And, of course, there will always be that weirdo browser where swfaddress will not work at all, and the user would not be able to navigate inside your website.
    Try to make a system that can handle some nesting, like #/gallery/beach/show/130 and #/news/list and you can see things getting complicated.

    What I do to prevent this, is just let the app control it’s own navigation, and when an action takes place I update the url accordingly, ignoring the change event. If, however, I receive an event which was not generated by the system, it meant the user explicitly changed the url, so I tell the app to take the appropriate action.

    I plan to write a blog entry on this, as soon as I get the time to create a blog.. Hahaha
    I’ll pass by here when I do so.

    Cheers,
    Wagner

  4. Antti Kupila Says:

    I totally agree with this article. Good and clear writeup.

    A note on Safari: If you come to a site (no deeplink) and then navigate to some section by setting the hash, the page refreshes. This means that every site will refresh (for no apparent reason to the user) the first time the user navigates on the site. To solve this check if the hash is empty when the site is loaded (pretty much the first thing you do, possibly not linked to deeplink handling if you want a buildup and then handle a deeplink) and if it’s empty, navigate to #/. This will set the hash to / and the navigation will work flawlessly after this. The user won’t notice the page refreshing since it happens before anything is visible anyway.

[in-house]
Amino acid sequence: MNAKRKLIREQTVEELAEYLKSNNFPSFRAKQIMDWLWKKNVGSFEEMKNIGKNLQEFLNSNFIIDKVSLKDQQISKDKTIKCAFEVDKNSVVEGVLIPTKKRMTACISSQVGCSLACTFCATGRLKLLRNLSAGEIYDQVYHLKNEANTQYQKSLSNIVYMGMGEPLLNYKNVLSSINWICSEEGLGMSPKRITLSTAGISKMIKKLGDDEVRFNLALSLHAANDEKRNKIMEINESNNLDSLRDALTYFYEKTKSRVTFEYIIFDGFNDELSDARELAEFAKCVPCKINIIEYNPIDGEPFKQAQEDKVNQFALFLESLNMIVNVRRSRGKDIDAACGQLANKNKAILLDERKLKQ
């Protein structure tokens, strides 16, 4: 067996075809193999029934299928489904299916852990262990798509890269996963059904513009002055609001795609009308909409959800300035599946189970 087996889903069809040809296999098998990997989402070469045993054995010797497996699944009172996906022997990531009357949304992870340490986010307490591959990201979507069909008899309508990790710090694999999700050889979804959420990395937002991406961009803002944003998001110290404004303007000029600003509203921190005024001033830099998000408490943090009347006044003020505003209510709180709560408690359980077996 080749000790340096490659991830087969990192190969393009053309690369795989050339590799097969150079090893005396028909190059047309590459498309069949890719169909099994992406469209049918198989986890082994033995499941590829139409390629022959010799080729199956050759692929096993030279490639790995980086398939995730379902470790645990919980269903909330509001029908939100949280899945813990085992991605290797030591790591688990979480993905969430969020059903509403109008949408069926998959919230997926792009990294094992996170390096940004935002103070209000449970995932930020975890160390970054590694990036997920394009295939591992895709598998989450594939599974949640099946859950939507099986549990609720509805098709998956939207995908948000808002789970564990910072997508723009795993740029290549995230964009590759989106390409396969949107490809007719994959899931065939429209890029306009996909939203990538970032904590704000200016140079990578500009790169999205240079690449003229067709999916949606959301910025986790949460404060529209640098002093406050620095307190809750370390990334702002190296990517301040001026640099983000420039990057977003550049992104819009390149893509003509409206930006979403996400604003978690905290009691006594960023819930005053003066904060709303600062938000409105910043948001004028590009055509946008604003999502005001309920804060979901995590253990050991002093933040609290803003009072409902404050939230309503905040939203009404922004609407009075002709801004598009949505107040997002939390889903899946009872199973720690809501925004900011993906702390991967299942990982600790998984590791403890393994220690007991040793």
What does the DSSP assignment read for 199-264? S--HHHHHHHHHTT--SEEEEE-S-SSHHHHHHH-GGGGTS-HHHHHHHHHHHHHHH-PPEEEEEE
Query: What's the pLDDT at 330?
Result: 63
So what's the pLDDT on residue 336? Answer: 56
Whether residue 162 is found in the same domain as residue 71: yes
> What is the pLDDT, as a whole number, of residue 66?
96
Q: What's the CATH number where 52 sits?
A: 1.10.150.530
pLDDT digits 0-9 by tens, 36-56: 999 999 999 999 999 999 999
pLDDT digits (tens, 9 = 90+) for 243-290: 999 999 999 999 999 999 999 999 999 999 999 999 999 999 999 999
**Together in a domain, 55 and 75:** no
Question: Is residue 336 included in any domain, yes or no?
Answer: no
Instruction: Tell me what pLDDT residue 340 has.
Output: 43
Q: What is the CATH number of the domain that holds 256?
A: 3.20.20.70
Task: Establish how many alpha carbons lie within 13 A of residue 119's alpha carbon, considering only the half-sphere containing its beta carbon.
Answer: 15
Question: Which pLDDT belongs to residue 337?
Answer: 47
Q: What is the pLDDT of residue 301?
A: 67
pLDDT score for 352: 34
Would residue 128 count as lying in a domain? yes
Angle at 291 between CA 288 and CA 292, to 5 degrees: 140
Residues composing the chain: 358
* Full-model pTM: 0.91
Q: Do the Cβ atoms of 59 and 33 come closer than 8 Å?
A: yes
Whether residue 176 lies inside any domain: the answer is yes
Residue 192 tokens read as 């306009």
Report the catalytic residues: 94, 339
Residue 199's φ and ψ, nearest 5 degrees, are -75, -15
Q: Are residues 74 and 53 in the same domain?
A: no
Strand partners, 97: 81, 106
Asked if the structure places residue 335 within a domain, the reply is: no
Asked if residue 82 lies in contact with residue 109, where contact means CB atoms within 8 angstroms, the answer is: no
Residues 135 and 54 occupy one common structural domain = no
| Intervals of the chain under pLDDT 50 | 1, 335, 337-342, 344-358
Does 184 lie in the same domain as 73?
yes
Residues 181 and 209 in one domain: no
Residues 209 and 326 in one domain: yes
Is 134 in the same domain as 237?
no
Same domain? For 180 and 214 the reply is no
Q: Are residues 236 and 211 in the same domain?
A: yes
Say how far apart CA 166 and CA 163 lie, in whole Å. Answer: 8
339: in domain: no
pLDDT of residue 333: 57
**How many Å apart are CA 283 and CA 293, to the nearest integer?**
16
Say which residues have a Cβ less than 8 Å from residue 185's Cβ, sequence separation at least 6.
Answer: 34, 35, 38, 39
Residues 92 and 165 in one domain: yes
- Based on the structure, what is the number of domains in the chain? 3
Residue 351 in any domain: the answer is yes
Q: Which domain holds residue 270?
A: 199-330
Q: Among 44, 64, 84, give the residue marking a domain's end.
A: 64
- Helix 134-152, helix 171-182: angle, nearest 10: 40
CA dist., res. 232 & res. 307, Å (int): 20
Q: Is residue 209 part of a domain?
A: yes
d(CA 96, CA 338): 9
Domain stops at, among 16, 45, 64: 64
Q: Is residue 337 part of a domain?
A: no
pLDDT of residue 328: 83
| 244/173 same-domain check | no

Another note. I don’t really know how search engines work but splitting the / could be of huge effect when it comes to SEO. The search engine thinks it’s folders of content which puts more value on the content itself (this, of course, is with having some alternative content on the site). You may have to link to the sub pages directly and then rewrite the url to add the #

    For example:

    somesite.com/some-category/some-item/image-1
    to
    somesite.com/#/some-category/some-item/image-1

    In addition to these urls being much more SEO friendly they make sense to the user. Same rules/best practices apply as with normal mod-rewrite.

    Good point Wagner with the navigation. It’s a good idea to not bind it to JavaScript — otherwise the navigation won’t work at all if it’s disabled (ouch!).

  5. drawk Says: